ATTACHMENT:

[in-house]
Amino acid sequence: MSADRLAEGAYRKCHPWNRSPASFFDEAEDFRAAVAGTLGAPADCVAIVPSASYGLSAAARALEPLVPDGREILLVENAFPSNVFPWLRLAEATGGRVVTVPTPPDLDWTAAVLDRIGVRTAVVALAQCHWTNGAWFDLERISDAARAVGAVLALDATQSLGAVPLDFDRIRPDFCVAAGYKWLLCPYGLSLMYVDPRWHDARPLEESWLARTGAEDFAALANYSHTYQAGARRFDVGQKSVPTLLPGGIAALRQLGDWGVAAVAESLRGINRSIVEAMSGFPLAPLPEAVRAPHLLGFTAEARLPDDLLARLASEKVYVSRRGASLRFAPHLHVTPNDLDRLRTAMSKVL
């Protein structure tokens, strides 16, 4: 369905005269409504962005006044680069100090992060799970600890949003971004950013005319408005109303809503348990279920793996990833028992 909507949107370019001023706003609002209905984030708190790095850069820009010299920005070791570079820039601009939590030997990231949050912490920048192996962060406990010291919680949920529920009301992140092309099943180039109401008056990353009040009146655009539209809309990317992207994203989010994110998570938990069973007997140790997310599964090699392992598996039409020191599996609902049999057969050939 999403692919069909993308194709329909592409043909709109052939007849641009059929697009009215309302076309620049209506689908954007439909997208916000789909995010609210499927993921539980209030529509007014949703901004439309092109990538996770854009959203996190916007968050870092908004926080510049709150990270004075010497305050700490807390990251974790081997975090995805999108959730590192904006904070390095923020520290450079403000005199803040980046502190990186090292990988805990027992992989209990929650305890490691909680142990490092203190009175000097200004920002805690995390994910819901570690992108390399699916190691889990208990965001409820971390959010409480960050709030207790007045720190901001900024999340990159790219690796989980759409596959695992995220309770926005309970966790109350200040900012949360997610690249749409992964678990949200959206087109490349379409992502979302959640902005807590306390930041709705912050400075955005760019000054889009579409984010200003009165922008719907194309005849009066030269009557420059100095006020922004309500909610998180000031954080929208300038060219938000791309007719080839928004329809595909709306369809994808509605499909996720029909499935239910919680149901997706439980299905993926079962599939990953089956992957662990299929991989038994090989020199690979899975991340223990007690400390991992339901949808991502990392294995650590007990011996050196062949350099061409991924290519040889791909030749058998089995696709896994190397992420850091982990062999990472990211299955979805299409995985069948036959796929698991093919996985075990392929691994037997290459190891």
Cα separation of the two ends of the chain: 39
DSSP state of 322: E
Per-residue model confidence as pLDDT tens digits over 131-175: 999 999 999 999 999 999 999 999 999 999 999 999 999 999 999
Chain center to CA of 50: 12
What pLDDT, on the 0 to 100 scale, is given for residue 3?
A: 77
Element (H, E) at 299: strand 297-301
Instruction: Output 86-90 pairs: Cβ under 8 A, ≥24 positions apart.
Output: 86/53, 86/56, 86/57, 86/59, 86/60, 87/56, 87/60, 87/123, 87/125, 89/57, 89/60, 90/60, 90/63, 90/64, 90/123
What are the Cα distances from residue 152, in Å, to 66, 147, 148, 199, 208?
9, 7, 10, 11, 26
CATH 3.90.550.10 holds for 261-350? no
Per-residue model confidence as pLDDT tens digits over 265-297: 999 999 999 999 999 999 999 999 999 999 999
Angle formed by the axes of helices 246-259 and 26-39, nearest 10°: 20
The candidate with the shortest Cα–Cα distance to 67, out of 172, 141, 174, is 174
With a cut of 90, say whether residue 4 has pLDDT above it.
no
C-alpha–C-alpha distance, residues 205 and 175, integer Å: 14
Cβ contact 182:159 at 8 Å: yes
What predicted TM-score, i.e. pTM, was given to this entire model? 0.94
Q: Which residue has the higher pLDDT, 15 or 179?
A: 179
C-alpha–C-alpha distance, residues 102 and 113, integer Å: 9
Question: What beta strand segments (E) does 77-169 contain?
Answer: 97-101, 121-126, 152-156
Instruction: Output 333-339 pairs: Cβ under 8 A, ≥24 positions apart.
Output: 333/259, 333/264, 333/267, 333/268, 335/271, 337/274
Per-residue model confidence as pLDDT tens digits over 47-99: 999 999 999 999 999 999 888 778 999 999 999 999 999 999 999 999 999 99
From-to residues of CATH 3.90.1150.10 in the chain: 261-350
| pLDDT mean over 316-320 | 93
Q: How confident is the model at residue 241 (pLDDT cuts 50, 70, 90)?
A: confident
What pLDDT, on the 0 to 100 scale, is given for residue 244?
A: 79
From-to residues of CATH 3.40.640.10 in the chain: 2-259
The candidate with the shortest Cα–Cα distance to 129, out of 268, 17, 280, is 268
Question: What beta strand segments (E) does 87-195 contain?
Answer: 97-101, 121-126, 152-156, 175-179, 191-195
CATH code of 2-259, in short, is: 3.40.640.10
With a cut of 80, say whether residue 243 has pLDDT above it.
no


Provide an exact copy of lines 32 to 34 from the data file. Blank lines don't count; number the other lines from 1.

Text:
From-to residues of CATH 3.90.1150.10 in the chain: 261-350
| pLDDT mean over 316-320 | 93
Q: How confident is the model at residue 241 (pLDDT cuts 50, 70, 90)?